My family has experienced a loss. Allow me to share this sad tale.
Two years ago, my little girl got a goldfish at the Bureau County Fair because her cousin threw a ping-pong ball into a small goldfish bowl filled with colored water. As I carried the plastic bag of water around the fairgrounds that night, I remember thinking that this fish will be belly-up before we leave the parking lot. I was wrong. Mr. Fishy is still with us.
A year ago another ping-pong ball landed in another bowl of water, and she was in possession of another fish. This one looked in bad shape from the very beginning due to the fact that it had lost a gill flap in a confrontation with another goldfish. There was no way that this fish was going to survive I thought. I was wrong. I am happy to report that Gilly Junior is alive and well.
Fast forward to this year’s fair, and my family was sure that we would be bringing home another sickly-looking goldfish that refused to die. But due to some shifty rule changes by the fish bowl/ping pong ball game operators, my daughter could not complete the three-peat, and we came home fishless. My daughter was pretty distraught, so my wife and I promised her that we would stop by a store sometime and pick up another fish.
As it turns out, that day happened to be last Saturday. We were at one of the big box stores that also happens to sell a few fish. We were walking by the aquarium showcase when my daughter remembered our deal. When she looked up at us with those big eyes, we relented and told her to go pick one out. We also had to invest in a bigger tank because with Mr. Fishy, Gilly Junior and this new fish, there was no way that the old tank would do. By the way, due to size increases, this is about the fourth aquarium we’ve purchased to house these “free” fish.
The particular fish that she selected had kind of a calico coloring to it and had these big puffy, transparent cheeks. She named it Sandy Cheeks. It looked a little like Dizzy Gillespie to me (which, by the way, I think would have made a much better name). After some research, I believe the fish was what is referred to as a Bubble Eye Goldfish. At first I thought that the puffy cheeks were kind of interesting and cool, but as I look back, they might have been a portent of doom.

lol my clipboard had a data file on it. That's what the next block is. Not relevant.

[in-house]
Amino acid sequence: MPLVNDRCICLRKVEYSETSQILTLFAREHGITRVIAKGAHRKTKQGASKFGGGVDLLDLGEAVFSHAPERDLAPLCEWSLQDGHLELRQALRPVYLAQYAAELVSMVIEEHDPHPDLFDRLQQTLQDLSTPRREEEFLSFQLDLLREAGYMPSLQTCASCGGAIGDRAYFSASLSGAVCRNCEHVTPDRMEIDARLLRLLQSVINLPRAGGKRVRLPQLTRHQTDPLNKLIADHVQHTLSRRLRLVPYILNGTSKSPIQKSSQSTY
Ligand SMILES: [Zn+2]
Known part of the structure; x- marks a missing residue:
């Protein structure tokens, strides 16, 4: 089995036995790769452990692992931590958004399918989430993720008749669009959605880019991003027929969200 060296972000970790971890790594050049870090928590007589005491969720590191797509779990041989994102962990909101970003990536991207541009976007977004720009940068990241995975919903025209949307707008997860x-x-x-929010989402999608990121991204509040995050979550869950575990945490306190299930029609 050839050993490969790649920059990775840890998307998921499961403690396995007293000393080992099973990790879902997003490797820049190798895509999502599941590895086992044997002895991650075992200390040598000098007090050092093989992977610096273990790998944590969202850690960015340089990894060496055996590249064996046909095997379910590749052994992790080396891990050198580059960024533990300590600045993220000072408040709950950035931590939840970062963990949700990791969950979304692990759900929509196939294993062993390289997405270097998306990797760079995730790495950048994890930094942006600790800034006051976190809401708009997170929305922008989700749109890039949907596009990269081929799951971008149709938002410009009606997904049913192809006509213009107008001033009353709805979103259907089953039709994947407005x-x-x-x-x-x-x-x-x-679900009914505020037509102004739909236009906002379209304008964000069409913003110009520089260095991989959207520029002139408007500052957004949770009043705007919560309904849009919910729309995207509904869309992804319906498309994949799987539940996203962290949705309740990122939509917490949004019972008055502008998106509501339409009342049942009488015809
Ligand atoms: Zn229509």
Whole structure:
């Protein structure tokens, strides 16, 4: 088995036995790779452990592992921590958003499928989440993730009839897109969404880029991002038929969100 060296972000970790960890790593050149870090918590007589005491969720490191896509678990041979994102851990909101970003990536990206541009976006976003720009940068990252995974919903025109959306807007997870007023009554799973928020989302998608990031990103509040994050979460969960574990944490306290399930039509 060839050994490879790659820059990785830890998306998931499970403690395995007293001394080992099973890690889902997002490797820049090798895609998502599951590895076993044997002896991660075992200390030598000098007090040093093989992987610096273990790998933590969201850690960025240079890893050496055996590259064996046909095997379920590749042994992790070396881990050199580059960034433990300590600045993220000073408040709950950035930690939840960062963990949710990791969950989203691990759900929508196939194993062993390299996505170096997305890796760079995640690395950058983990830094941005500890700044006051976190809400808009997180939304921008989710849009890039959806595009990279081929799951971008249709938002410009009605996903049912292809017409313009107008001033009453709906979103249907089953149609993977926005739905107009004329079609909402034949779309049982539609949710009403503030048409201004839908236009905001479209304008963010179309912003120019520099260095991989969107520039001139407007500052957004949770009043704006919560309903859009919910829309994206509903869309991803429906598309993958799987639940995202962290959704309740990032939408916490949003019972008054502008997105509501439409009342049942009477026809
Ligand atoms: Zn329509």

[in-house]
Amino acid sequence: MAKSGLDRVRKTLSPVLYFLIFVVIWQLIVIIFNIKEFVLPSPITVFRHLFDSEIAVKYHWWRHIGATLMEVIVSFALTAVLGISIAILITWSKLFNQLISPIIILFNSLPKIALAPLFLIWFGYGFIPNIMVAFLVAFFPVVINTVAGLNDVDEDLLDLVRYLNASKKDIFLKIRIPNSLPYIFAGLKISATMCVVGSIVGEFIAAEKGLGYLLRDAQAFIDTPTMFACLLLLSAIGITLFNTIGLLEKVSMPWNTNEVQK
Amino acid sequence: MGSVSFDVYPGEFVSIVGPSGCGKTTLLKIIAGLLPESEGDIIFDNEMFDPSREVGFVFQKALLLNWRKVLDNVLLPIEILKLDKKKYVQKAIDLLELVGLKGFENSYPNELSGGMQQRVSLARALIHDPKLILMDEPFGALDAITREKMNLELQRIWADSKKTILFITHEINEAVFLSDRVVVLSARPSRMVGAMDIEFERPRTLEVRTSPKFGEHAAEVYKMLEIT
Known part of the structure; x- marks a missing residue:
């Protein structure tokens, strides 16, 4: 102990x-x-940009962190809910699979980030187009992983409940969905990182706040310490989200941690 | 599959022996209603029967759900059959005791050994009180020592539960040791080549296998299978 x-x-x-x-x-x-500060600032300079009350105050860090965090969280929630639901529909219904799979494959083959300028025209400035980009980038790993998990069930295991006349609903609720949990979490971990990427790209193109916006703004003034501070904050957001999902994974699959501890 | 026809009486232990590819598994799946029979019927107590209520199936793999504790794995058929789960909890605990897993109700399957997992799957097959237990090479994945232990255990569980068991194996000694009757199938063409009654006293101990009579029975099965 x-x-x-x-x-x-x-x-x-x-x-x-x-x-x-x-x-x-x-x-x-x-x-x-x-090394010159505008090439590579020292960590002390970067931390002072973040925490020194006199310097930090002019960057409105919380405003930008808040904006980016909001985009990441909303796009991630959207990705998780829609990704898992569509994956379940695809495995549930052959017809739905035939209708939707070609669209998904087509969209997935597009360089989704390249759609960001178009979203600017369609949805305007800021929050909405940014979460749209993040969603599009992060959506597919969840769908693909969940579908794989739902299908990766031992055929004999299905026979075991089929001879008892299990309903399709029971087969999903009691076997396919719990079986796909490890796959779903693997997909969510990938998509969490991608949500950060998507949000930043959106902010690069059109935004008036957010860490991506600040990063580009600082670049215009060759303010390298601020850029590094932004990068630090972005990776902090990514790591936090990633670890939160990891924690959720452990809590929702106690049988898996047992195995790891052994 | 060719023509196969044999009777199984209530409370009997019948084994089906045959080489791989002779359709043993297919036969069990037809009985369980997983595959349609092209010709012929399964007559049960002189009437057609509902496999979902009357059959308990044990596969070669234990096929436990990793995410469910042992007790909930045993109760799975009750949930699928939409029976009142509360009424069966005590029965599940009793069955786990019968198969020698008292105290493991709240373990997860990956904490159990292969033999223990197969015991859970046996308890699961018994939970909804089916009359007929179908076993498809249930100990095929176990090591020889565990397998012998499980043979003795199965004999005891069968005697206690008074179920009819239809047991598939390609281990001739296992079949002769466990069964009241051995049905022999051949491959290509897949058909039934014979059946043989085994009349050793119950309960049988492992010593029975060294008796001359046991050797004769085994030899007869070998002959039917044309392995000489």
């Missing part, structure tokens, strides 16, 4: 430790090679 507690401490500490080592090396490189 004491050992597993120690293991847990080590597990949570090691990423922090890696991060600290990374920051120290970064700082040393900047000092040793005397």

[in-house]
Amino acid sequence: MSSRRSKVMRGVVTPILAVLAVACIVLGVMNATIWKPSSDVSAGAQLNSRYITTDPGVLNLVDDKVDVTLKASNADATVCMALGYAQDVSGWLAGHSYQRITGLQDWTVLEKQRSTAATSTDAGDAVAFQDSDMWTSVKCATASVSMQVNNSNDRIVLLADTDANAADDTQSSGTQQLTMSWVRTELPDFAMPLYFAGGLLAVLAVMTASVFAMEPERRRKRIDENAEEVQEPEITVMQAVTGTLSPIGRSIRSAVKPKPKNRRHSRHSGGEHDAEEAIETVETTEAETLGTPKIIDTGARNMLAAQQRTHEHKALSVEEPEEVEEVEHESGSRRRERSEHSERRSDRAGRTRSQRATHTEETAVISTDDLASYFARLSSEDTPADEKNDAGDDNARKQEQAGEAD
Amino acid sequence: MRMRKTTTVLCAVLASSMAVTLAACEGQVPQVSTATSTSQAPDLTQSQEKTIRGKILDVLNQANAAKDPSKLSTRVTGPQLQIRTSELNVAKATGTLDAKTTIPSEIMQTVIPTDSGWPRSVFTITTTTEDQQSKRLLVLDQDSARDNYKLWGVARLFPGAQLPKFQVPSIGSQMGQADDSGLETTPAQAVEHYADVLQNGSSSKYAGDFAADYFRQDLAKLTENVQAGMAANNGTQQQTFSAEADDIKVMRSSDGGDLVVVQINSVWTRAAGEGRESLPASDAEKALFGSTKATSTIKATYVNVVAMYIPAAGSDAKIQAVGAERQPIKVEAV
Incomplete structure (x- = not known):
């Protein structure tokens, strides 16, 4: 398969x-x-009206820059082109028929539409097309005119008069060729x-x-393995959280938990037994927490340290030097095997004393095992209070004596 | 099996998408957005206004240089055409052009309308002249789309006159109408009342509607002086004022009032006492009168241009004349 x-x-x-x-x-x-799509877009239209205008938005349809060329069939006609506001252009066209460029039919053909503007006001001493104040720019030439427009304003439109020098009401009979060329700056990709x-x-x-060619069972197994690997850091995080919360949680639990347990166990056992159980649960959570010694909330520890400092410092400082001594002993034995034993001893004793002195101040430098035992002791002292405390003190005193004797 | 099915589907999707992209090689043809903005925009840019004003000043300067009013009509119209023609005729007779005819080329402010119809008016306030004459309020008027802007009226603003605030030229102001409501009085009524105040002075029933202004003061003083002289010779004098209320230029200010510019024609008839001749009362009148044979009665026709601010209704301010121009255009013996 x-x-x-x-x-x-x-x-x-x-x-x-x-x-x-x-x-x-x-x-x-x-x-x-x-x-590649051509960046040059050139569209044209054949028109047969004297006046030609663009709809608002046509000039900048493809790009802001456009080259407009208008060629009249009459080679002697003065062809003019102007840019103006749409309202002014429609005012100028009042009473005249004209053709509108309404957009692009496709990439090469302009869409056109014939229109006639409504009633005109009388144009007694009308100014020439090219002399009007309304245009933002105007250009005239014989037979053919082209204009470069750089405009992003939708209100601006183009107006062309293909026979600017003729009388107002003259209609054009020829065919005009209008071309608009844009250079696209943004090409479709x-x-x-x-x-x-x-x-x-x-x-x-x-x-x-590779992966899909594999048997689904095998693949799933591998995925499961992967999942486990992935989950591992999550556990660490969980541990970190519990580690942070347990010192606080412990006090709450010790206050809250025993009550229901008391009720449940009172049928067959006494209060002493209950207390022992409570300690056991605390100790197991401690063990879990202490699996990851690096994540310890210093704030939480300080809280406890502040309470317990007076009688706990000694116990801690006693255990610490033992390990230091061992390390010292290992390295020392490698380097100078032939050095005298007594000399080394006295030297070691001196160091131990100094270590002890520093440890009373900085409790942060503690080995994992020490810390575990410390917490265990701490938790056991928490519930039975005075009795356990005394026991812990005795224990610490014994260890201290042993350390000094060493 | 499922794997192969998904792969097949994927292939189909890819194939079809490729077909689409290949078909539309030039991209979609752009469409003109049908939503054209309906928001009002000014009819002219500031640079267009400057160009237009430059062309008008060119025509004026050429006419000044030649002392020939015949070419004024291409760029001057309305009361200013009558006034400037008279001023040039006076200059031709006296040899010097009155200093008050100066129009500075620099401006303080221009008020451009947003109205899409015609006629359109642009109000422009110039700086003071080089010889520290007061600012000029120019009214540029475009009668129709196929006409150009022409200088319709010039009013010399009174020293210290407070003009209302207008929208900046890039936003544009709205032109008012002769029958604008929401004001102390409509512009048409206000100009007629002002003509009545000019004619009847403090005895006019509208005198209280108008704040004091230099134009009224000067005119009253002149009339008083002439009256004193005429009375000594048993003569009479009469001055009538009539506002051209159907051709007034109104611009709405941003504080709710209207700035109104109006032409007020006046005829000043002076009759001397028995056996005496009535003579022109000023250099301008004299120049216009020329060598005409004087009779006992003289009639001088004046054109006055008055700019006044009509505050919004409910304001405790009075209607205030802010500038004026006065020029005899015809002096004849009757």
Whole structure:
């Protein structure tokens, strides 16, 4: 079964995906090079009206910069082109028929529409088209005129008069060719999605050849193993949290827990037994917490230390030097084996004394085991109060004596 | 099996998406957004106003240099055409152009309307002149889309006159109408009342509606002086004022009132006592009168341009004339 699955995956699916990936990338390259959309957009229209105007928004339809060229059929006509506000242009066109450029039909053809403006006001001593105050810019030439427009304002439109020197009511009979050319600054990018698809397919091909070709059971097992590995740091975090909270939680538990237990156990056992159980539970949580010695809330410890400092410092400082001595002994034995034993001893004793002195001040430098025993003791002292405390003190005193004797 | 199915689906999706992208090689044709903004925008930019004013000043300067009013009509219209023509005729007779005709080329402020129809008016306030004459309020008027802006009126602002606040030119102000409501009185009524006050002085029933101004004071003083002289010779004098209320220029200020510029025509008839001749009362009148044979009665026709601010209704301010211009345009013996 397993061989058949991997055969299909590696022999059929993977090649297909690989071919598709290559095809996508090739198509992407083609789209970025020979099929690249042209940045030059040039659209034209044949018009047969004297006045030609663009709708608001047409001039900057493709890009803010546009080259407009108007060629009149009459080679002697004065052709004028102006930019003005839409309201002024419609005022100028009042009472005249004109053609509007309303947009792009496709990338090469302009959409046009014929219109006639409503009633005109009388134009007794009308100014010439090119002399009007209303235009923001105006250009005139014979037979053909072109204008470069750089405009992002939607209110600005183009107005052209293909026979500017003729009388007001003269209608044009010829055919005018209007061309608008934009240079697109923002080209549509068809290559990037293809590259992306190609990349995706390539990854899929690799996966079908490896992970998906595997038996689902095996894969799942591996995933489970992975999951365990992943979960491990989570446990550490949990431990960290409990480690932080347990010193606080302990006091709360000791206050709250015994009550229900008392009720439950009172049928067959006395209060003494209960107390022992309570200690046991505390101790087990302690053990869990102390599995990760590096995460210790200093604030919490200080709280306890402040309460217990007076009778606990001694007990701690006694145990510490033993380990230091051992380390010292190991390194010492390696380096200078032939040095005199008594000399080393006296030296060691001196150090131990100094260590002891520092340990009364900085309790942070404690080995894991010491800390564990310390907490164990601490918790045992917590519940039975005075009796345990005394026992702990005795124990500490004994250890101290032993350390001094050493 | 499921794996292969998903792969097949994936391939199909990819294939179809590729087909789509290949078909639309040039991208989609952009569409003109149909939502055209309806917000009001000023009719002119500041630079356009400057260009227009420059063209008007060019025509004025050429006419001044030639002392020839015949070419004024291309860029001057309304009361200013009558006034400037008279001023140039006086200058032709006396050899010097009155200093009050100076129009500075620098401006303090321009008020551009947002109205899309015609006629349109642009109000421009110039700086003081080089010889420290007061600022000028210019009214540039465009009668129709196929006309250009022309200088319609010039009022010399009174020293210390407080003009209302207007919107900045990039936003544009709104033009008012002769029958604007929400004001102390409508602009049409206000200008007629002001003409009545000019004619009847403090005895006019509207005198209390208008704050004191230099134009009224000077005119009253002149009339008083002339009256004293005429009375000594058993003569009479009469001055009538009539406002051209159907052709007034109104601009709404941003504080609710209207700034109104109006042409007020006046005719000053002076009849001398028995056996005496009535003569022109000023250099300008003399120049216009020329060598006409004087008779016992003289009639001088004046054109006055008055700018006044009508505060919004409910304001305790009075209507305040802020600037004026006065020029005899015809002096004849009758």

We were concerned with what the other two fish would do when Sandy Cheeks was added into the mix. They seemed to get along well. They all seemed to enjoy the new and much more spacious aquarium. Everything was good within the watery depths of our living room.
However, on Tuesday night, just before going to bed, I happened to notice that one of Sandy’s eyes looked kind of funny. Not the “ha-ha” kind of funny but more like the “Oh my gosh! What’s wrong with your eye?!” kind of funny. I hoped that maybe it was just something I hadn’t noticed before.
On Wednesday morning, when my daughter and I were leaving the house to walk down to her school, we stopped by the new tank to give the fish a pinch of food like we always do. At that time we both noticed that Sandy didn’t look the best. Her big puffy cheeks weren’t anymore. They were flat as pancakes. Upon further inspection, that one eye looked worse than it did the night before. As my daughter stood there, staring through the aquarium glass at her new pet, I knew that it was up to me, the responsible and sensitive parent, to ease her into the distinct possibility that Sandy might not be long for this world. I looked deep into her bright, blue eyes and said in my most eloquent, consoling “Father Knows Best” voice, “Uh-oh. This doesn’t look good.”
I went through my normal workday trying to take my mind off of Sandy’s condition. Actually, I had completely forgotten about it when at 4:08 p.m., my wife sent me an urgent text message. It read, “I think Sandy Cheeks is on her last leg,” which I thought was strange since fish don’t have legs.
At 4:11 p.m., she texted “Cheeks are down. Both eyes are gone. Tail is bad. But still swimming around some.” This was one of those rare times that I was sooooooo glad that I was at work.
At 5:01 p.m., on Wednesday, October 9, 2013, I got the text that I had been dreading for the previous 50 minutes. It simply said, “Sandy Cheeks just got flushed to fish heaven.” And so it was over.
On the drive home that night, I shuddered to think what was waiting for me at the house. I don’t deal well with personal tragedy, and I was afraid of how my daughter was handling the loss of a pet. As I creaked open the front door, I peeked in and saw her sitting in a chair with her head down. This was going to be bad.
As I entered the room, she looked up, our eyes met and she smiled at me and asked if I wanted to see the new “American Girl Doll” video that she was watching on her iPod. I told you it was going to be bad.
Apparently my daughter is growing up faster than I thought. She has handled this tragedy rather well. When I asked her if she was sad about Sandy’s passing, she said “Yeah. But it’s OK. The store has more.”
As for me, I can’t help but be concerned that my wife might have pulled the trigger a little too quick on the whole flushing thing. For the rest of my life, every time that I go to the bathroom in our house, I won’t be able to help but think that there’s an angry, calico-colored, puffy-cheeked goldfish growing larger everyday just waiting to jump out of our toilet and get me.
I’m double-flushing from now on.
You can contact Wallace at firstname.lastname@example.org. You can follow him on his blog at http://gregwallaceink.blogspot.com.